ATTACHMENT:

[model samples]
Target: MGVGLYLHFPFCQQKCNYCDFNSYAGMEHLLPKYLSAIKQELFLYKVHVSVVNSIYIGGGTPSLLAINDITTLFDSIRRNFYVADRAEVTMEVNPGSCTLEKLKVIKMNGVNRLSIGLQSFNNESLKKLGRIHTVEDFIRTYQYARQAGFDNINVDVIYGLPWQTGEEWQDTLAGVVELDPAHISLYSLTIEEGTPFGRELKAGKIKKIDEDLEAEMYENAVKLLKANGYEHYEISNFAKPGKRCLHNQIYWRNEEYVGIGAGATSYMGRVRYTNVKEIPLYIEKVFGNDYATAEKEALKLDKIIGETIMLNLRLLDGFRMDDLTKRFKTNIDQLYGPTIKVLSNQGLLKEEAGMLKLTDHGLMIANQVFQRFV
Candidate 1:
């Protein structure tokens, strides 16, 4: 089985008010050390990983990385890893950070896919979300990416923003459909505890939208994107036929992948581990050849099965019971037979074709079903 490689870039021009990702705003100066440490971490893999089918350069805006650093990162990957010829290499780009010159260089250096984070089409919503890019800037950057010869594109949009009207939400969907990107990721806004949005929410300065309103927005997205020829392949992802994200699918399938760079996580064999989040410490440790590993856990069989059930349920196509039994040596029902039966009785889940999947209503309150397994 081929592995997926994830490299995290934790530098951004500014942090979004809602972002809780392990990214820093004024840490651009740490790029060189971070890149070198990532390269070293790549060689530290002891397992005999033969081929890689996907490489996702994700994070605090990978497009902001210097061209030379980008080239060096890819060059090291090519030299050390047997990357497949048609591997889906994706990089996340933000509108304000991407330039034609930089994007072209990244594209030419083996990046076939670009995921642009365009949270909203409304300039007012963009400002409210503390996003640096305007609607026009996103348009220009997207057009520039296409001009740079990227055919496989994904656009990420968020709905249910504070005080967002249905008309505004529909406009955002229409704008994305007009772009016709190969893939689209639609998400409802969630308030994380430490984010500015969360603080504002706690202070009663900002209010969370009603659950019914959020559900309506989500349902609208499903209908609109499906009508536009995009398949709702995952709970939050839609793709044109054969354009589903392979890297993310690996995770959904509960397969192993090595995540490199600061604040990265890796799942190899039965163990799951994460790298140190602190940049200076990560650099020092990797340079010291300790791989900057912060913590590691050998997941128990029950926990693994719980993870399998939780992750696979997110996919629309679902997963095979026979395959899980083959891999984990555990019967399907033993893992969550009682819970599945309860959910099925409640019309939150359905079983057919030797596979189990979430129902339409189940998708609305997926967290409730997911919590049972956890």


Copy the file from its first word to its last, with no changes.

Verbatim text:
[model samples]
Target: MGVGLYLHFPFCQQKCNYCDFNSYAGMEHLLPKYLSAIKQELFLYKVHVSVVNSIYIGGGTPSLLAINDITTLFDSIRRNFYVADRAEVTMEVNPGSCTLEKLKVIKMNGVNRLSIGLQSFNNESLKKLGRIHTVEDFIRTYQYARQAGFDNINVDVIYGLPWQTGEEWQDTLAGVVELDPAHISLYSLTIEEGTPFGRELKAGKIKKIDEDLEAEMYENAVKLLKANGYEHYEISNFAKPGKRCLHNQIYWRNEEYVGIGAGATSYMGRVRYTNVKEIPLYIEKVFGNDYATAEKEALKLDKIIGETIMLNLRLLDGFRMDDLTKRFKTNIDQLYGPTIKVLSNQGLLKEEAGMLKLTDHGLMIANQVFQRFV
Candidate 1:
């Protein structure tokens, strides 16, 4: 089985008010050390990983990385890893950070896919979300990416923003459909505890939208994107036929992948581990050849099965019971037979074709079903 490689870039021009990702705003100066440490971490893999089918350069805006650093990162990957010829290499780009010159260089250096984070089409919503890019800037950057010869594109949009009207939400969907990107990721806004949005929410300065309103927005997205020829392949992802994200699918399938760079996580064999989040410490440790590993856990069989059930349920196509039994040596029902039966009785889940999947209503309150397994 081929592995997926994830490299995290934790530098951004500014942090979004809602972002809780392990990214820093004024840490651009740490790029060189971070890149070198990532390269070293790549060689530290002891397992005999033969081929890689996907490489996702994700994070605090990978497009902001210097061209030379980008080239060096890819060059090291090519030299050390047997990357497949048609591997889906994706990089996340933000509108304000991407330039034609930089994007072209990244594209030419083996990046076939670009995921642009365009949270909203409304300039007012963009400002409210503390996003640096305007609607026009996103348009220009997207057009520039296409001009740079990227055919496989994904656009990420968020709905249910504070005080967002249905008309505004529909406009955002229409704008994305007009772009016709190969893939689209639609998400409802969630308030994380430490984010500015969360603080504002706690202070009663900002209010969370009603659950019914959020559900309506989500349902609208499903209908609109499906009508536009995009398949709702995952709970939050839609793709044109054969354009589903392979890297993310690996995770959904509960397969192993090595995540490199600061604040990265890796799942190899039965163990799951994460790298140190602190940049200076990560650099020092990797340079010291300790791989900057912060913590590691050998997941128990029950926990693994719980993870399998939780992750696979997110996919629309679902997963095979026979395959899980083959891999984990555990019967399907033993893992969550009682819970599945309860959910099925409640019309939150359905079983057919030797596979189990979430129902339409189940998708609305997926967290409730997911919590049972956890």